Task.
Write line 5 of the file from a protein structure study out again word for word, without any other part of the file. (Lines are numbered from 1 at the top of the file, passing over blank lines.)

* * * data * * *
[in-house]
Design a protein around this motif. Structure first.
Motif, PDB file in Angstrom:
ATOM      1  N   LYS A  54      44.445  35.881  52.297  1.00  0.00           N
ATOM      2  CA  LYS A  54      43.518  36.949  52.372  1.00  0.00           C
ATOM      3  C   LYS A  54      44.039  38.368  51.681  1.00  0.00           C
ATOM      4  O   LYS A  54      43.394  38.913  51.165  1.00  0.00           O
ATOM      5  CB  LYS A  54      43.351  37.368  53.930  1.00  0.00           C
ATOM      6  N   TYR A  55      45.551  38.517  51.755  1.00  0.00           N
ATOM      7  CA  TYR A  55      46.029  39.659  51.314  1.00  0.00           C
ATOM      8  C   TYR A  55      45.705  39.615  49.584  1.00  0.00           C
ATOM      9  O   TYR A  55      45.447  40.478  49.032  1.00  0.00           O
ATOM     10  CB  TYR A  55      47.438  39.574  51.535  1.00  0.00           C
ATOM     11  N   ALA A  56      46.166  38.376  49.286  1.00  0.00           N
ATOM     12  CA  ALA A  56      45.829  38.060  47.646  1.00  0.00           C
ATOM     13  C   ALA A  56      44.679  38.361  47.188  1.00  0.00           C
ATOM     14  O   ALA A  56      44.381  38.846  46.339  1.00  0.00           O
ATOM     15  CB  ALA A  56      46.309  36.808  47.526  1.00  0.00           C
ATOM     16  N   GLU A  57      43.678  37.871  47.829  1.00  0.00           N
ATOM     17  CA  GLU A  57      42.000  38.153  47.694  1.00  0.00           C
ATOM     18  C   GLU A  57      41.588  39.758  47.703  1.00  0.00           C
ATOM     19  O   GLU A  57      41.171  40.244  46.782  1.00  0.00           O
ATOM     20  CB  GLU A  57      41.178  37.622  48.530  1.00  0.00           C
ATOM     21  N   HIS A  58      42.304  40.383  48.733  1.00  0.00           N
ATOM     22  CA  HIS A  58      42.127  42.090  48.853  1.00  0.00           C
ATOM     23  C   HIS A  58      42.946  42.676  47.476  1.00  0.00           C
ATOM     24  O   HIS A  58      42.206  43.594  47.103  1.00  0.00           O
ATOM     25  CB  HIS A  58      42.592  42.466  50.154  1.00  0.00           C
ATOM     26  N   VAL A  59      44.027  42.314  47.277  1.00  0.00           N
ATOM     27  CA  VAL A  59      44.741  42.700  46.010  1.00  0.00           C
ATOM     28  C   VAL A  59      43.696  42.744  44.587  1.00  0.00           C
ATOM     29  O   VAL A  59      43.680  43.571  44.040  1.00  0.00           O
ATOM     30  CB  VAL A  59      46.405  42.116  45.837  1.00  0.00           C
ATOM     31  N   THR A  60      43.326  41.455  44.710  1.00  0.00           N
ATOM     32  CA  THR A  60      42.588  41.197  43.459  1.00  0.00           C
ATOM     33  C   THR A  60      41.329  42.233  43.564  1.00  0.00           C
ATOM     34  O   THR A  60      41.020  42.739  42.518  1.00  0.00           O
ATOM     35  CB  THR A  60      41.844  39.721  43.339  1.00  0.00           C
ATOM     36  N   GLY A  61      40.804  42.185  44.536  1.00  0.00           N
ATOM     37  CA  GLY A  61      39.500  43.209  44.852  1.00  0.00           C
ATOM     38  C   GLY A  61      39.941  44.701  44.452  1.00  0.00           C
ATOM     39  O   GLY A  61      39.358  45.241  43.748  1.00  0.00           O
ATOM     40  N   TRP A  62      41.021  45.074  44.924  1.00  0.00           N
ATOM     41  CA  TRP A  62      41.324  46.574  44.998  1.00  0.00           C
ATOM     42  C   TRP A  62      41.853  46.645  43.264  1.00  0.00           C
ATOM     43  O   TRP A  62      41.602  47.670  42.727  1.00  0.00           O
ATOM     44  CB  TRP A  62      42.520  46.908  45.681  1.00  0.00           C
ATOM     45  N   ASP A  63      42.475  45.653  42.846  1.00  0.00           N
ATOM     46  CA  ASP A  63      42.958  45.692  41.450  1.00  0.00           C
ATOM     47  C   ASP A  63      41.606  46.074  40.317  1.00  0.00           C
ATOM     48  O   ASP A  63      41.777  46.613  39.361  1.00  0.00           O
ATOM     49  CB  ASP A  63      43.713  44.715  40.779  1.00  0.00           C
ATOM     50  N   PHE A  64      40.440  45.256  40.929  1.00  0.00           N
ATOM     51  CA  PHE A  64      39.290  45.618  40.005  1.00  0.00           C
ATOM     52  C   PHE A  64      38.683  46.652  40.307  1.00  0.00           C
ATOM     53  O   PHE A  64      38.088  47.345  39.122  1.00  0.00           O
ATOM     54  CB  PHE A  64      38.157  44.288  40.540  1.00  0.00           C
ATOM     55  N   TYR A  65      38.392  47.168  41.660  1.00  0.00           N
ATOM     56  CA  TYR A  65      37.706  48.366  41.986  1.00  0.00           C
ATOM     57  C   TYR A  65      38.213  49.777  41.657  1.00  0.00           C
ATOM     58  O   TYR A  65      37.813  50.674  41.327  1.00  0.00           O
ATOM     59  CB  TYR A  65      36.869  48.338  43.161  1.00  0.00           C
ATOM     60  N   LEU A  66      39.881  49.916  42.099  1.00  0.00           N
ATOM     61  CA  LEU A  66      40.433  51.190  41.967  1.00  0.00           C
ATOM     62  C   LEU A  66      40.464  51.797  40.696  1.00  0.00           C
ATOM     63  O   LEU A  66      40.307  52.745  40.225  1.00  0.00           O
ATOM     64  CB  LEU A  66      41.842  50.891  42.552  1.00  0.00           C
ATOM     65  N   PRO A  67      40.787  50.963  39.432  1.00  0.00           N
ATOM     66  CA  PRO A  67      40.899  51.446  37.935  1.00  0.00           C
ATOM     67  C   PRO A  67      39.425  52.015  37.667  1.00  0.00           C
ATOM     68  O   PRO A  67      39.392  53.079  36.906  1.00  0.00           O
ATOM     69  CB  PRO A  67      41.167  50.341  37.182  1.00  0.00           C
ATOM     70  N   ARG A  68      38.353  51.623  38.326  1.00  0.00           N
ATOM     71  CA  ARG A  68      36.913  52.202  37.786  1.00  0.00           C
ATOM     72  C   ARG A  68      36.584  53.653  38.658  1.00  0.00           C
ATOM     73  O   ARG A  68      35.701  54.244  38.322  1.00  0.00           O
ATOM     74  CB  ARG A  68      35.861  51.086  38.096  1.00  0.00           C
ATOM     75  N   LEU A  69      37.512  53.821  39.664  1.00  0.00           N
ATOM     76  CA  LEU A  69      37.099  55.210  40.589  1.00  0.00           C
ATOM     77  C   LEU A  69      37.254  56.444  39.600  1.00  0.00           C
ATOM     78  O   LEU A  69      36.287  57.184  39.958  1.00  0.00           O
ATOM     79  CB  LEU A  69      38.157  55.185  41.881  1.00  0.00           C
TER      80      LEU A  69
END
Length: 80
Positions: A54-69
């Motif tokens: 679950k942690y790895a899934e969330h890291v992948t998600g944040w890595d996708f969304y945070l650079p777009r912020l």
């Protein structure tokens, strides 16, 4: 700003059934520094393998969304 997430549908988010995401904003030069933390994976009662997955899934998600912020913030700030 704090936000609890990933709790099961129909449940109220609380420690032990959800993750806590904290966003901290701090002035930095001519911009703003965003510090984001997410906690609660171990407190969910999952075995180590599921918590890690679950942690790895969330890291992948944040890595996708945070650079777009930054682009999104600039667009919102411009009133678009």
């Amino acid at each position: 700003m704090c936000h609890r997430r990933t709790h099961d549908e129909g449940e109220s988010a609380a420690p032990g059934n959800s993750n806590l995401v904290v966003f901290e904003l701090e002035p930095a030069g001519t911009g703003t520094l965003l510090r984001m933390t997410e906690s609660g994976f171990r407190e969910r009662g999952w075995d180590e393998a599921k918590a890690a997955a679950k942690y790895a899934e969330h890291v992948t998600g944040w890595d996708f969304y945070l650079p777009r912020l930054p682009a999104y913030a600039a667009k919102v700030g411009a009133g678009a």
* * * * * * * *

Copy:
ATOM      2  CA  LYS A  54      43.518  36.949  52.372  1.00  0.00           C